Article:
An Integrated Farming Approach
Organic, regenerative, biodynamic, and conventional are all names of different types of farming systems. But it’s possible that each of them brings positive attributes that could benefit the others. In other words, there is something to be learned from all of them. Erin Silva’s work at the University of Wisconsin - Madison focuses on organic production, but says she often is working with conventional growers who are interested in organic practices.
Silva… “The innovation that comes out of both these management strategies, I think is really what's going to lead us into the future. Not being dogmatic about organic or conventional, but really looking forward and seeing all the tools we have available, the technology we have available, the genetics we have available and building an integrated system that uses the best of all of what we have to create a system that really brings us forward, where we need to be.”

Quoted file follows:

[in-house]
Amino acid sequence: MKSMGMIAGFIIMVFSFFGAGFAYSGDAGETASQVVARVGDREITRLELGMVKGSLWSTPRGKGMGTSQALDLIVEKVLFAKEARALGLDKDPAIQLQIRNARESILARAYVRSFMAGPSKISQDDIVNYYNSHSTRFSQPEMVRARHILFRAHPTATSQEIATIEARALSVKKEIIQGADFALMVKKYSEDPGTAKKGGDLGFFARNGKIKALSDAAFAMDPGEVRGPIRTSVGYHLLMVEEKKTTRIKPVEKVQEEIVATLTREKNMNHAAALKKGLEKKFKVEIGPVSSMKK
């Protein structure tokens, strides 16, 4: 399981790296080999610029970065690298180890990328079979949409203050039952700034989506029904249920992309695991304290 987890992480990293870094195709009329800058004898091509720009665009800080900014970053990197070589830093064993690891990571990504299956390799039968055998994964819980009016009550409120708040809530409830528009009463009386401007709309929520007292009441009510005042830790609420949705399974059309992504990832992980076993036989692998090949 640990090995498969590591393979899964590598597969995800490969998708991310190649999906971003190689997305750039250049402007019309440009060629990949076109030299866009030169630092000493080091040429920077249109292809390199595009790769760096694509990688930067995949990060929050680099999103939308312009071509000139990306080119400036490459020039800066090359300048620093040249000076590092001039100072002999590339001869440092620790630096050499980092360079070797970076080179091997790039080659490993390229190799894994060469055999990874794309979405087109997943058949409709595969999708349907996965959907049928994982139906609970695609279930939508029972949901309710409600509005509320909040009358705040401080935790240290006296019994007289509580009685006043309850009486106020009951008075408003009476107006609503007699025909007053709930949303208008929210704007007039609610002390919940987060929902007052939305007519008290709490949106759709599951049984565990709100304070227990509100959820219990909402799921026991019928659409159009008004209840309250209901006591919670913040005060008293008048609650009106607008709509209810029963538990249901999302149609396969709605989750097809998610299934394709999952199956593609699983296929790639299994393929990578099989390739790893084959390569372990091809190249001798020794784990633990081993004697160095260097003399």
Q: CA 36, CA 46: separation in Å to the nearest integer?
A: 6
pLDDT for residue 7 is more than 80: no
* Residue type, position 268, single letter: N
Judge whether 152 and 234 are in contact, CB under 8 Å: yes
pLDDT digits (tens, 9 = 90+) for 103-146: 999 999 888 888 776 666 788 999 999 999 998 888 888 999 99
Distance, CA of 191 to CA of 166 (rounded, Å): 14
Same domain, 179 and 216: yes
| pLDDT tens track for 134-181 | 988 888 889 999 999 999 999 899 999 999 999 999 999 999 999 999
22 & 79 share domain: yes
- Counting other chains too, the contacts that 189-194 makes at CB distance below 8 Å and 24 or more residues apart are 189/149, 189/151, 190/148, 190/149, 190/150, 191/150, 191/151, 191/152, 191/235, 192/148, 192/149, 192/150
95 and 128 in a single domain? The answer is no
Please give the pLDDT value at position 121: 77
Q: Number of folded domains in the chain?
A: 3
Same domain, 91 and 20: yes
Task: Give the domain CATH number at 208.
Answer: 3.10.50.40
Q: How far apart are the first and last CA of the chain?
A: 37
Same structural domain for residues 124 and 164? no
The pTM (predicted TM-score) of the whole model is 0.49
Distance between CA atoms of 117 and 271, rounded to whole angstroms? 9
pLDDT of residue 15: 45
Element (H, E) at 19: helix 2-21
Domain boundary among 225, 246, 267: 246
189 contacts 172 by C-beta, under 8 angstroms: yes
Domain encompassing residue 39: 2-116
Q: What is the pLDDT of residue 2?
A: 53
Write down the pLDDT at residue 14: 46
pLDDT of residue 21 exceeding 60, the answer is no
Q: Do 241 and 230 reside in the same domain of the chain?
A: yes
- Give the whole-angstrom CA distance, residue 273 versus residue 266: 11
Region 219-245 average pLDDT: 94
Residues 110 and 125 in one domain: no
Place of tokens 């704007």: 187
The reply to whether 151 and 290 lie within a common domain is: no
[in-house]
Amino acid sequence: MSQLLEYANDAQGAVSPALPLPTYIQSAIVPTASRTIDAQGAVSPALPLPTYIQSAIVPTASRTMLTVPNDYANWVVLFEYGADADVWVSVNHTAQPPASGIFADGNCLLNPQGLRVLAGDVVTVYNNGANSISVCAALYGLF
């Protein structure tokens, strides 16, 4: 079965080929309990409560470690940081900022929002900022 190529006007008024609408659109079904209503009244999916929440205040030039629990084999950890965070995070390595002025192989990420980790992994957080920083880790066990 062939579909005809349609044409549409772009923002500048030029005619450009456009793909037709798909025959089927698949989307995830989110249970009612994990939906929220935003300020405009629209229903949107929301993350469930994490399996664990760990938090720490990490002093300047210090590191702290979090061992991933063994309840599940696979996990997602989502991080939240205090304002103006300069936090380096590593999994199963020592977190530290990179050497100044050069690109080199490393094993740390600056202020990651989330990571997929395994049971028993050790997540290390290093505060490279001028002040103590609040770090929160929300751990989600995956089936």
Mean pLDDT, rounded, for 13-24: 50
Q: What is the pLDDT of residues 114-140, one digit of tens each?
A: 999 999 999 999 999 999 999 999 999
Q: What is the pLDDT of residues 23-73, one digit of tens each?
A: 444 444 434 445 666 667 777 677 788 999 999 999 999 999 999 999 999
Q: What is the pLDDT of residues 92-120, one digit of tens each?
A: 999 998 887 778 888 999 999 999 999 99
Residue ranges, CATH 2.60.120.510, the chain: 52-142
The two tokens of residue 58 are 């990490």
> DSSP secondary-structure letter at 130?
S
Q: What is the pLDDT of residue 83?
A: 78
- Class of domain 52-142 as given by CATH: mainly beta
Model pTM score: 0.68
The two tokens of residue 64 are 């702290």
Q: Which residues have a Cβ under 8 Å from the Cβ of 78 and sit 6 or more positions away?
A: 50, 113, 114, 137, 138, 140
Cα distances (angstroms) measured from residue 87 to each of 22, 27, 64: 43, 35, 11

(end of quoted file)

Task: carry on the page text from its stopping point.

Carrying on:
This integrated approach is important for addressing some of our biggest problems, such as chemical resistance in weeds.
Silva… “As we see the breakdown of the effectiveness of our herbicide tools and the rise of herbicide resistant weeds, we're seeing a lot of those strategies being adopted and a recognition that the continued strategy of no till production that's solely reliant on chemical tools is really not something that's going to sustain us into the future.”
Silva encourages farmers to be open minded to find the best fit for their operations.